Sexual and gender based abuse is any act of gender or sexual based violence that results in, or is likely to result in, physical, sexual, or psychological harm or suffering to women, including threats of acts such as coercion or arbitrary deprivation of liberty, whether occurring in public or private life.
Domestic violence refers to a pattern of assaultive and coercive behavior, Including physical, sexual and psychological attacks, as well as economic coercion used by adults or adolescents against family members, most commonly against intimate partners. Domestic violence also happens among people who are not related by blood, in schools, public places, etc.
Drug abuse and addiction, often grouped as substance or drug use disorder, is a condition characterized by a self-destructive pattern of using alcoholic substance or medication to induce a sensational feeling of pleasure that leads to noticeable problems and disorders.
The root causes of sexual and gender based violence include drug abuse, inequality between male and female children, lack of education, harmful cultural practices against girls and women e.g. female genital mutilation, widowhood practices, lack of skills acquisition opportunities, mindset, cultural belief and silence in the face of oppression, lack of the culture of counselling and psychological support, lack of support from family etc.
Drug abuse and addiction, often grouped as substance or drug use disorder, is a condition characterized by a self-destructive pattern of using alcoholic substance or medication to induce a sensational feeling of pleasure that leads to noticeable problems and disorders. Drug abuse often leads to depression, anxiety, disorders, mood swings, etc
Research has proven that many victims are intoxicated at the time of assault and so cannot be said to have given consent. This means that drugs can be used to lure unsuspecting victims to have them raped. For instance, there have been cases of people who went to the club, left their drinks unattended and they ended up with poisoned drinks. Some women and girls including boys have visited mutual friends of the opposite sex where they were offered drinks laced with drugs and then raped. In many cases, victims wake up with a blurry mental picture of what happened and perpetrators capitalize on this to lie that victims gave consent before the act.
According to the report of Kilpatrick, Edmunds and Seymour (1992), when compared with non-rape victims, rape victims are 3.4 times more likely to abuse drugs and 5.3 times more likely to use prescribed drugs for non-medical purposes. 6.4 times more likely to use cocaine and 10 times more likely to use other hard drugs. This points to the fact that although the relationship between drug abuse and sexual and domestic violence is a complex one, it does exist in significant numbers.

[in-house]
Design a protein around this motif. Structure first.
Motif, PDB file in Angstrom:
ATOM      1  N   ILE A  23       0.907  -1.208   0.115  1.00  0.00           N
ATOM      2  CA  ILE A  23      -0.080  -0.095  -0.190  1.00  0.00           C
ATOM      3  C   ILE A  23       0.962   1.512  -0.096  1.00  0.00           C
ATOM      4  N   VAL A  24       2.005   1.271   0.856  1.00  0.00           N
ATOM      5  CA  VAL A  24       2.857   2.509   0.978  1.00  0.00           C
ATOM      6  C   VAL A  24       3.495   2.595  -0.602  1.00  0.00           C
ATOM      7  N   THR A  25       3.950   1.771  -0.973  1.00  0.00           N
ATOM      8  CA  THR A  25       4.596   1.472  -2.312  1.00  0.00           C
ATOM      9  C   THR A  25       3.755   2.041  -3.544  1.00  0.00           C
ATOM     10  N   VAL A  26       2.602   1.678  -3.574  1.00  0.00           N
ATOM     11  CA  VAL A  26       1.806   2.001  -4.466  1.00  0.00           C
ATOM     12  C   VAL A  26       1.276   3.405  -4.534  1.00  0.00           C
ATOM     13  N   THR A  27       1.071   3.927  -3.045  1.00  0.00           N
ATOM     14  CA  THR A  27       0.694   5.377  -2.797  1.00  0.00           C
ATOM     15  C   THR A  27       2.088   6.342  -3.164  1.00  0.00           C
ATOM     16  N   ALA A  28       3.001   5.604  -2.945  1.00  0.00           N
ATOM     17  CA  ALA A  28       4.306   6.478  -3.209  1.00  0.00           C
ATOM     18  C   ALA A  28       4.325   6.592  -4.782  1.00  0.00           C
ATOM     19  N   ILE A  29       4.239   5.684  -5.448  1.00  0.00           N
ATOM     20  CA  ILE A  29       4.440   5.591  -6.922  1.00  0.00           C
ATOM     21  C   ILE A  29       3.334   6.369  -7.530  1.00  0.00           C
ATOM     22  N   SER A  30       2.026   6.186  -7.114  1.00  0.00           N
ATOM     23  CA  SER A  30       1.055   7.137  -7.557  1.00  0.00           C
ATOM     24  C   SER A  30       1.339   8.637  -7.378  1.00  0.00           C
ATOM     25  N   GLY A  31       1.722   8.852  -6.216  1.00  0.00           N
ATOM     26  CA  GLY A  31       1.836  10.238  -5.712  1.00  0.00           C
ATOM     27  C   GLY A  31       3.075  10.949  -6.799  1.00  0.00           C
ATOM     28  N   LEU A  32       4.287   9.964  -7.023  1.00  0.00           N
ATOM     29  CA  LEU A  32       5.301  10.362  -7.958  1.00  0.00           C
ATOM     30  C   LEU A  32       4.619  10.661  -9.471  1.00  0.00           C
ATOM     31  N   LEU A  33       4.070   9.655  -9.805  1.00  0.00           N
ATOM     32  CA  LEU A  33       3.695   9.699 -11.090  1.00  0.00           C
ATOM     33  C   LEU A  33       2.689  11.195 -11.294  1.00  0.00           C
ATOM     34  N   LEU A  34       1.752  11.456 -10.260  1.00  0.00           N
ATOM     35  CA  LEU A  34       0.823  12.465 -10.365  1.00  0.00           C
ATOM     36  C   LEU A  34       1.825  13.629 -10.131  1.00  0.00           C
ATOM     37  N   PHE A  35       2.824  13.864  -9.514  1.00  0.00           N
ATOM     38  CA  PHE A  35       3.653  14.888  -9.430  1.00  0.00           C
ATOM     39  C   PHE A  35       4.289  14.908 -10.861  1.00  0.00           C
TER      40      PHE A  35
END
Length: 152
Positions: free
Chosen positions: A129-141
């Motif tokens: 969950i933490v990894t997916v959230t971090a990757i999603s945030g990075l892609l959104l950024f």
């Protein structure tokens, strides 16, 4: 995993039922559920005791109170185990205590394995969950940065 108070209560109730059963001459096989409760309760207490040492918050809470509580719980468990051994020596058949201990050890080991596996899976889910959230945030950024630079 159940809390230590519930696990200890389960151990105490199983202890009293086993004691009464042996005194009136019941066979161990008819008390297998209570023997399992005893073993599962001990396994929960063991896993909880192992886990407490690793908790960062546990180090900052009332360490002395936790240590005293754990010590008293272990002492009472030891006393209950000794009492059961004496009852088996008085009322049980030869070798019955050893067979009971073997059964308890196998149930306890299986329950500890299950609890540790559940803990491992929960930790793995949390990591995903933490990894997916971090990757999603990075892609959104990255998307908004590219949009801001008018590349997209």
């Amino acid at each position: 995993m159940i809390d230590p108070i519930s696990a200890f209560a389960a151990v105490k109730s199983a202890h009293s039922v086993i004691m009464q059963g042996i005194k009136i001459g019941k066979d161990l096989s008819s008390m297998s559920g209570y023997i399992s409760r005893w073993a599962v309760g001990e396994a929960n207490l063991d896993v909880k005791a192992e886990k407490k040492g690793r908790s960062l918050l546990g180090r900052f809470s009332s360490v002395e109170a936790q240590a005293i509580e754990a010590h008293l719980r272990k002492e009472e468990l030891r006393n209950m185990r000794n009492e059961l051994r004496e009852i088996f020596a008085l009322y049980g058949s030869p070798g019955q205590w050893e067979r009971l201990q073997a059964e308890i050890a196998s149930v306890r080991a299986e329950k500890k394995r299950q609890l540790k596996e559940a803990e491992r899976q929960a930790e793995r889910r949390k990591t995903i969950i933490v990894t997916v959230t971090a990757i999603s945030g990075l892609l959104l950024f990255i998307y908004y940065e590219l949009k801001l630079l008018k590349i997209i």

Many rapists, partner beaters, and perpetrators of various forms of sexual and domestic violence have confessed to abusing drugs before the act. According to them, abusing drugs gave them the courage to indulge in such crimes. Some of these victims become depressed and live in depression when the consequences of their actions dawn on them.
On the part of victims of sexual and domestic abuse, drugs can be used in different ways. It is used by some victims as a means to escape or cope with the pain and psychological trauma that accompanies every form of abuse. Many victims have become hardened drug addicts because it helps take the pain away and because such feelings of relief are often ephemeral and short lived, they constantly feed such substances into their systems.
Victims who are at the age of committing suicide or experiencing chronic depression may resolve to drug abuse as a manifestation of self-harm or self-destructive behavior. Some take over doses of illegal drugs and wait for death.
Many innocent victims who end up with communicable diseases, sexually transmitted disease, incapacitation, etc resort to self-medication and over the counter drugs because they are either ashamed to open up to medical personnel about their health challenges or because they cannot afford proper medical treatment. Even when forced by circumstances to abuse drugs in this manner, the effect is equally damaging.
There is the need for a special kind of treatment for victims of sexual and domestic violence who are also drug addicts. Victims under this category must have access to trauma informed care that involves identifying, understanding and responding specifically to needs as against the usual therapy and treatment that is generally offered to victims.
Treating and helping victims of human trafficking who also abuse drugs must be complete and holistic and this involves physical, emotional, psychological and mental treatment. This is what we do at the Roost Foundation.